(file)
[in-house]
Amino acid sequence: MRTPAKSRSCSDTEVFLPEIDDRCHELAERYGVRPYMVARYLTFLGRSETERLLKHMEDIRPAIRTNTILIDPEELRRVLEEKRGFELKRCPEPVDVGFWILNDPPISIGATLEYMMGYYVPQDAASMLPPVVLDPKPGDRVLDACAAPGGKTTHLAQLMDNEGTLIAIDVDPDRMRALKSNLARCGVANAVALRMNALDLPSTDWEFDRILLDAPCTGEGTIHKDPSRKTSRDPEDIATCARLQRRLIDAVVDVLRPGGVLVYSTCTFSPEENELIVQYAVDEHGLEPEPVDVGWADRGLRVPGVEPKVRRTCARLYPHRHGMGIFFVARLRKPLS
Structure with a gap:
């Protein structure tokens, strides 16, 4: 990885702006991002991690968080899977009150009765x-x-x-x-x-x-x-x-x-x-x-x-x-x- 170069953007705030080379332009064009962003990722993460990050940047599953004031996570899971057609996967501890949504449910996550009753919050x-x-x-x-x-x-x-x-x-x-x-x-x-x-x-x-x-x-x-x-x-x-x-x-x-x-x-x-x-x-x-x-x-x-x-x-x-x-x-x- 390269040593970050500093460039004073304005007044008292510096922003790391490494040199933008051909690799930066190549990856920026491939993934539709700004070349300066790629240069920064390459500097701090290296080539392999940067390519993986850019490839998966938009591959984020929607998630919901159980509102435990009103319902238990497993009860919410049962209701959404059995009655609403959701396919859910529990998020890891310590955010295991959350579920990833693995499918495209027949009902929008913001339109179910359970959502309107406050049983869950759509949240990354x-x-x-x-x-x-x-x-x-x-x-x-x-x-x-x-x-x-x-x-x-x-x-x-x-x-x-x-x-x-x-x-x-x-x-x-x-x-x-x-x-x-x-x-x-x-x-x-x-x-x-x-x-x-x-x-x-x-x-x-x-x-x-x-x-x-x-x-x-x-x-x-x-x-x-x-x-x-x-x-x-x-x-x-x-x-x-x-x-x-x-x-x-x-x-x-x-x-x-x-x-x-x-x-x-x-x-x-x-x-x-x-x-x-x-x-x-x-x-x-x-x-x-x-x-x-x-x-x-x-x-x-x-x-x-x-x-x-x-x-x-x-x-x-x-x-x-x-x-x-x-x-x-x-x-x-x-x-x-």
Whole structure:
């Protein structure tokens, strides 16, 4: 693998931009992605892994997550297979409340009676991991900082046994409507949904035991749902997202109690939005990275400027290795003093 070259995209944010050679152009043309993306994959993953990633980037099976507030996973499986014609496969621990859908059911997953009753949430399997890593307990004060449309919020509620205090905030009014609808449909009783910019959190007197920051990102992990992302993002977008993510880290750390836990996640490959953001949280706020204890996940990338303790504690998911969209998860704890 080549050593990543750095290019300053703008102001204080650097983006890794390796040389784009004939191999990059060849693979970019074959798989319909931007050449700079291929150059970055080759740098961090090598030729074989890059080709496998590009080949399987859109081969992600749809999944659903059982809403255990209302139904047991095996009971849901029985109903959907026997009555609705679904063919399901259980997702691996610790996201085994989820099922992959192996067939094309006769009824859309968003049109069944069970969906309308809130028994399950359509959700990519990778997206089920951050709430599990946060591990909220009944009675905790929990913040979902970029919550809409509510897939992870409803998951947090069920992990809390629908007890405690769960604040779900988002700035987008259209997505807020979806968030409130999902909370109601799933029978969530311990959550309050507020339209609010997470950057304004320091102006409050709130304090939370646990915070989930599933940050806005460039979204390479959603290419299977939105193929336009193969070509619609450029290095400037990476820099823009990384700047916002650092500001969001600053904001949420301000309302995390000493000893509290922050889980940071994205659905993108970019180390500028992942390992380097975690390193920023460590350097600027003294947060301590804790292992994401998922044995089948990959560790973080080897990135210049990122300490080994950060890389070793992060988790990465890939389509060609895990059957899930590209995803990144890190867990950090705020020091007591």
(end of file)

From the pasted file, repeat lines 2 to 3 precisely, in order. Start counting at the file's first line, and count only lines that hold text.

Amino acid sequence: MRTPAKSRSCSDTEVFLPEIDDRCHELAERYGVRPYMVARYLTFLGRSETERLLKHMEDIRPAIRTNTILIDPEELRRVLEEKRGFELKRCPEPVDVGFWILNDPPISIGATLEYMMGYYVPQDAASMLPPVVLDPKPGDRVLDACAAPGGKTTHLAQLMDNEGTLIAIDVDPDRMRALKSNLARCGVANAVALRMNALDLPSTDWEFDRILLDAPCTGEGTIHKDPSRKTSRDPEDIATCARLQRRLIDAVVDVLRPGGVLVYSTCTFSPEENELIVQYAVDEHGLEPEPVDVGWADRGLRVPGVEPKVRRTCARLYPHRHGMGIFFVARLRKPLS
Structure with a gap: